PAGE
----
"It has been known for decades that the lung can be a site of platelet production, but this study amplifies this idea by demonstrating that the [mouse] lung is a major participant in the process," Traci Mondoro from the US National Heart, Lung, and Blood Institute, who was not involved in the study, said in a press statement.

"Looney and his team have disrupted some traditional ideas about the pulmonary role in platelet-related hematopoiesis, paving the way for further scientific exploration of this integrated biology."

The research has been published in Nature."

What the heck is Visceral Manipulation, anyway?

I have a pretty technical description up under my "services" tab, but that description feels a little dry. I would like to give you a little taste of what MY first experience with receiving this work was like.

I was in my first round of a local mentorship class through Four Winds Rider (shout out to Dawn and her truly life-direction-shifting classes!) and I was the demo body on the Visceral techniques day. I was a relatively new mother, having had my son 15 months earlier after an uneventful pregnancy and delivery.

As Dawn was intentioning and gently sinking in to my lower abdomen with her hands, I started to feel a bit of a pulling sensation on my right side. Just as I notice this, Dawn says, "Your right ovary is stuck to your bladder." Wait. What? First of all, HOW can she feel this? (I learned later through my studies that a VM practitioner takes great care to refine their palpation skills to such a degree that they really CAN feel the organ, it's motion, or lack thereof.) Second, I hadn't felt like anything was awry with my insides! It's not like I was walking around feeling pain in my ovary. I didn't know this then, but the pressure of simply carrying a baby can cause some organs to stick together in a woman's abdomen. It makes sense considering how much space the baby needs as it grows, and the weight of the placenta/baby, etc... Visceral Manipulation = un-sticking the stuck!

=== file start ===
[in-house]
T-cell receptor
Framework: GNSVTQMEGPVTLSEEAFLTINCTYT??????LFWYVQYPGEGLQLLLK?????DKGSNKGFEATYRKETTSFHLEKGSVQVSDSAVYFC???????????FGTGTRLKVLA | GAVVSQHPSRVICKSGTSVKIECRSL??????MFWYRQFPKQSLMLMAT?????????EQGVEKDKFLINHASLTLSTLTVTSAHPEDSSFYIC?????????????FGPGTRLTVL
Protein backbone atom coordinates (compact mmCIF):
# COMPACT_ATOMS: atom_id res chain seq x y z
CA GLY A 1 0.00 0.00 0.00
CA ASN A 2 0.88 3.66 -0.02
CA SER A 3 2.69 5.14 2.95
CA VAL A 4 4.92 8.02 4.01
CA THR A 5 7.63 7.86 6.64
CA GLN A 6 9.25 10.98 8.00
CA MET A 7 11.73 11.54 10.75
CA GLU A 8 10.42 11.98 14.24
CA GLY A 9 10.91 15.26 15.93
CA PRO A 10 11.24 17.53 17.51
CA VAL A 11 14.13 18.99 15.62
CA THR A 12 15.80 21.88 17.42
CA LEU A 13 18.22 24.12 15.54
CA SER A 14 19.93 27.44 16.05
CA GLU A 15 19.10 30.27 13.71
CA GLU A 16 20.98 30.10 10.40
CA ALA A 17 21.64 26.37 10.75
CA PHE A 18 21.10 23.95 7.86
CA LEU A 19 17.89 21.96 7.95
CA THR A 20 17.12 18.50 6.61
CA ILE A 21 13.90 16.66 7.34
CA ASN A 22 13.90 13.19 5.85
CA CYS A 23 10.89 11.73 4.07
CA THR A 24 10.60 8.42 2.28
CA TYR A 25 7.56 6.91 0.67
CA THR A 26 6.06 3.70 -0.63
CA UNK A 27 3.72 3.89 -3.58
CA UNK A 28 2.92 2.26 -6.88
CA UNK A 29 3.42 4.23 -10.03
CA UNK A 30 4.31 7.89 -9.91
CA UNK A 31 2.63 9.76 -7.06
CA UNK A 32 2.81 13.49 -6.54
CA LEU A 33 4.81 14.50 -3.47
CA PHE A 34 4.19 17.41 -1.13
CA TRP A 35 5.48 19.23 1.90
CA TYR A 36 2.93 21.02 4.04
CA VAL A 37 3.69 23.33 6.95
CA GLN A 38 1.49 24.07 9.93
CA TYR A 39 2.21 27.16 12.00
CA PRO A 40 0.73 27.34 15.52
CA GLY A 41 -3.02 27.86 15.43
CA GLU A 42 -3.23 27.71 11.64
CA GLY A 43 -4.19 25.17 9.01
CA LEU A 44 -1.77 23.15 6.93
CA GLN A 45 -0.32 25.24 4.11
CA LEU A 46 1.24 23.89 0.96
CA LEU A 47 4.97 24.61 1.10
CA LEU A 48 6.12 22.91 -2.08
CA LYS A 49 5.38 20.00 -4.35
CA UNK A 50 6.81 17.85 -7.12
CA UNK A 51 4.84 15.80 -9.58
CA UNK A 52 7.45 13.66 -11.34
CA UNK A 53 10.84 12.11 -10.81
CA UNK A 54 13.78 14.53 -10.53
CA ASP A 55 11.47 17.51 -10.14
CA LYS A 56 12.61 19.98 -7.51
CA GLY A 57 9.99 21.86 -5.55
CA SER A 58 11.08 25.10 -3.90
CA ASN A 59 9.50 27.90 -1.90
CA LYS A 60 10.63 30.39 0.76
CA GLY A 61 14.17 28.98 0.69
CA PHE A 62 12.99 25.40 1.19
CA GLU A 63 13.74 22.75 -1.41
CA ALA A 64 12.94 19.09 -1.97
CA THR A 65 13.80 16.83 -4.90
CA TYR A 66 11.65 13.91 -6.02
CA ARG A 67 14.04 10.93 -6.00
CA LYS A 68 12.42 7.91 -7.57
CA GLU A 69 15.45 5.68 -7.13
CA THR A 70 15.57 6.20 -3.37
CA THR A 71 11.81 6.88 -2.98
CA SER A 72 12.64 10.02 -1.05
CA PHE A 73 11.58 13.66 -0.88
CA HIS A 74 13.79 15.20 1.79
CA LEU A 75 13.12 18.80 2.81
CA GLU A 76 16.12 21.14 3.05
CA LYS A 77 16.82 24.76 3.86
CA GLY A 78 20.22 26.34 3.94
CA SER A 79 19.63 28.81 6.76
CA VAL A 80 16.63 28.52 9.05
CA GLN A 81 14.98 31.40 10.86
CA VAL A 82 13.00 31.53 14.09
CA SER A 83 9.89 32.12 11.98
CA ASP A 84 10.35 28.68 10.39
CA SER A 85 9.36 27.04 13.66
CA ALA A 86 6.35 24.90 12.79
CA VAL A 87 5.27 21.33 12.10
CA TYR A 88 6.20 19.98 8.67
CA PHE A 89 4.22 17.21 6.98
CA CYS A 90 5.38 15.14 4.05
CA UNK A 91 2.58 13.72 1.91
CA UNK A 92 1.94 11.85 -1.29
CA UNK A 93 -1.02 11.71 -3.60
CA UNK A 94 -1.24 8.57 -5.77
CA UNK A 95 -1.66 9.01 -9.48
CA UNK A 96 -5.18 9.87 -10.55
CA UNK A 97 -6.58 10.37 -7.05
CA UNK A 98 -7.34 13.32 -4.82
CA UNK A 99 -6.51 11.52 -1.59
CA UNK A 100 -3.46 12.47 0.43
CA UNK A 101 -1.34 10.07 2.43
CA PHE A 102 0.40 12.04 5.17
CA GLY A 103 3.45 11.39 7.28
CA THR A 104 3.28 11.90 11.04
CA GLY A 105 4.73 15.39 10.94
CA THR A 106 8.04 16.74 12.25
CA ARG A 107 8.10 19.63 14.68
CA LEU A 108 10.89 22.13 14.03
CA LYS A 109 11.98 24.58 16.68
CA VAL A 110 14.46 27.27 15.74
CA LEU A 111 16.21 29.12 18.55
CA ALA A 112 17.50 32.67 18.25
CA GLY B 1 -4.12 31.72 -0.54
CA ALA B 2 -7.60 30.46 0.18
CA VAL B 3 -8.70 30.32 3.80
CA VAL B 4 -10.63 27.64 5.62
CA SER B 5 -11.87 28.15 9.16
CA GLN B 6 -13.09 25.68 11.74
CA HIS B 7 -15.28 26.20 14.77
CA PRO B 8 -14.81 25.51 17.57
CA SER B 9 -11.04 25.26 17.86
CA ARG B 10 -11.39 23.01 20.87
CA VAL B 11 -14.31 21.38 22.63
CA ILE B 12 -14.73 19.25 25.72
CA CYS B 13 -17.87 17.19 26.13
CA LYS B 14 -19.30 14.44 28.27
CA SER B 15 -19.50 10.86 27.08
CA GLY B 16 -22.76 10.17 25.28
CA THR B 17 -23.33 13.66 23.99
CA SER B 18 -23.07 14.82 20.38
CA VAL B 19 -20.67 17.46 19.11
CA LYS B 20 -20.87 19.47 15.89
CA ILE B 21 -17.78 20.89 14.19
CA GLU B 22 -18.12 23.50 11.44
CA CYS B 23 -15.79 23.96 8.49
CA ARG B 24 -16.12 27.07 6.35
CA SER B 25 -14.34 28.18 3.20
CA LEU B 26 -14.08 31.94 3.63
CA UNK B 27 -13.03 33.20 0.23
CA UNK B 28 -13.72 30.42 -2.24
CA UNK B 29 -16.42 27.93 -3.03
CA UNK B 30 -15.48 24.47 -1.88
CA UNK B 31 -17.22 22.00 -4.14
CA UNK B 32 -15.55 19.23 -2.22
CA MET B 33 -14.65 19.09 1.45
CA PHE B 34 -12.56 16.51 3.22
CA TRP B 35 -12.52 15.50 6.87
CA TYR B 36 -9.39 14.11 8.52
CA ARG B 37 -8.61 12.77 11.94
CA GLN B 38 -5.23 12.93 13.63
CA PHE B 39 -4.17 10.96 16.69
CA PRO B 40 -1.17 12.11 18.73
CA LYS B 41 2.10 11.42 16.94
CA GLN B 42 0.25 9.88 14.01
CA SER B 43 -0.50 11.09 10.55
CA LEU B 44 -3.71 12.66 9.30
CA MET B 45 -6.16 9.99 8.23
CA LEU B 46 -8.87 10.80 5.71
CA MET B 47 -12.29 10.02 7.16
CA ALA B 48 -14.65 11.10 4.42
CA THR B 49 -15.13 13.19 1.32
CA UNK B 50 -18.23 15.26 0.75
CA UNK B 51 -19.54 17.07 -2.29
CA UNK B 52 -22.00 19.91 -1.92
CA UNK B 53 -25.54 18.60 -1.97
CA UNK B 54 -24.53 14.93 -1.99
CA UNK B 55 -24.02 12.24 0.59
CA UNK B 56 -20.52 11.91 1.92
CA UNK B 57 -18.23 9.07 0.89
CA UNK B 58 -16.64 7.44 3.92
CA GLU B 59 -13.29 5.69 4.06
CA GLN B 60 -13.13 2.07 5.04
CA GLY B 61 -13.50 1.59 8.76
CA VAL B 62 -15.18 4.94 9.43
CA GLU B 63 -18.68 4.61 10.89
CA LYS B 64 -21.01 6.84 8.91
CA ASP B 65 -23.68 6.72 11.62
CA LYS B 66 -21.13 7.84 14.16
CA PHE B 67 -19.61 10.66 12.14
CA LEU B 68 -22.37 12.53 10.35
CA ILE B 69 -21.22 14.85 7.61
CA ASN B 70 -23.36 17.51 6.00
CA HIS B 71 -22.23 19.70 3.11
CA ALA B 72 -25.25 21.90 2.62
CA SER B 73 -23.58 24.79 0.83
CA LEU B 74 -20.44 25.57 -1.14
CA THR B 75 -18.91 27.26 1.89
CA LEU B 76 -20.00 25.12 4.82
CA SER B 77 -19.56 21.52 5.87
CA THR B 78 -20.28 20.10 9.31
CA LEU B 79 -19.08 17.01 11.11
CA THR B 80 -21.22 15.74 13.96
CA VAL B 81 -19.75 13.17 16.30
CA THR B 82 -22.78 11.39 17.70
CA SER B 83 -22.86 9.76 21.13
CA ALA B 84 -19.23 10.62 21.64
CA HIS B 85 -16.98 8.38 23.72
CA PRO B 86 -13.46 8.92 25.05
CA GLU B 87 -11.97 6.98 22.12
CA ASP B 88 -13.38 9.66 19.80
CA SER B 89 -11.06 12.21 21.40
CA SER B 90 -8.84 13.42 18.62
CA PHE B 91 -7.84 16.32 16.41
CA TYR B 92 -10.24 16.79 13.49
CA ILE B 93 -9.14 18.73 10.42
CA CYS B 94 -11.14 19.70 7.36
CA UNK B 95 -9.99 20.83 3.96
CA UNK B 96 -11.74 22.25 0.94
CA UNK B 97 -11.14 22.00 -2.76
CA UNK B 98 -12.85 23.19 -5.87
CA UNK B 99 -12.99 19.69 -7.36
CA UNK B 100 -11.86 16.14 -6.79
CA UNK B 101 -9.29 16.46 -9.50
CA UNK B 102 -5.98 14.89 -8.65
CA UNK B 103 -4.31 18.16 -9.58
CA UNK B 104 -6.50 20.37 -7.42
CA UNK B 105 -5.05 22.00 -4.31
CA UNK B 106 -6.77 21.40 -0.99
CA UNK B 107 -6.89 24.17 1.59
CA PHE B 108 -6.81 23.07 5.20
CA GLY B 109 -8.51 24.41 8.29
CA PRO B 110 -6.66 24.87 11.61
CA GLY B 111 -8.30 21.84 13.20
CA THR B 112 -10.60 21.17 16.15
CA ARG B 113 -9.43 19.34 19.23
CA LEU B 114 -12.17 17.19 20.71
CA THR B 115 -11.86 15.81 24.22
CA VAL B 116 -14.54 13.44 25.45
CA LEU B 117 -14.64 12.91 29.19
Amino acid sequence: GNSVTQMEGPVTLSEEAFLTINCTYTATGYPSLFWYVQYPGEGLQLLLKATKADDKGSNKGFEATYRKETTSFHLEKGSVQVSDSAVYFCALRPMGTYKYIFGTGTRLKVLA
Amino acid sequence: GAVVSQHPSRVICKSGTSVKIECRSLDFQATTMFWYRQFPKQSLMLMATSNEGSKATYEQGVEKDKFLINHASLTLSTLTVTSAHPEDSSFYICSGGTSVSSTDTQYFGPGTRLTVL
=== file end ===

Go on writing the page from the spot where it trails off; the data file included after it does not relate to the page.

Side-note: I had heard of Visceral Manipulation occasionally during my years of practice and had always been intrigued-I think it is so cool that there are actually manual therapists who work with the organs of the body...with care and great respect...from OUTSIDE of the body!! As a practitioner it really feels like such an honor to coax a shift or a release from, say, the small intestines. I mean, the small intestines are where 90% of our digestion and absorption of nutrients occurs. 90%, people! Some studies are now suggesting that inflammation or the absence of the correct balance of gut bacteria may have a major impact on our state of mind. And, if the small intestine is not able to move freely because of adhesions from surgery, poor posture or illness, it's ability to do it's job is impaired. Being trained in how to help a client's intestines experience more freedom to move?? It's the coolest.

Anyway, back to my sticky right ovary. I begin to feel a buildup of heat on my right side and a sensation of a very full bladder. Whatever Dawn is doing feels gentle yet deep, and yes, a little weird...and then I feel a kind of whooshing release. The heat and full bladder feeling is gone.

And that's it! I didn't notice anything different about my body immediately after the release, but as the days progressed, I began to notice that I was standing with my pelvis more stacked under me, causing my lower back to have more freedom of movement. Also, I was no longer waking to pee 2 times a night, and my period cramping was less intense. 

So, that was my first experience, and I've been hooked on the viscera ever since! Contact me if you are intrigued and want to experience more freedom of movement :)

All the best,

Taylor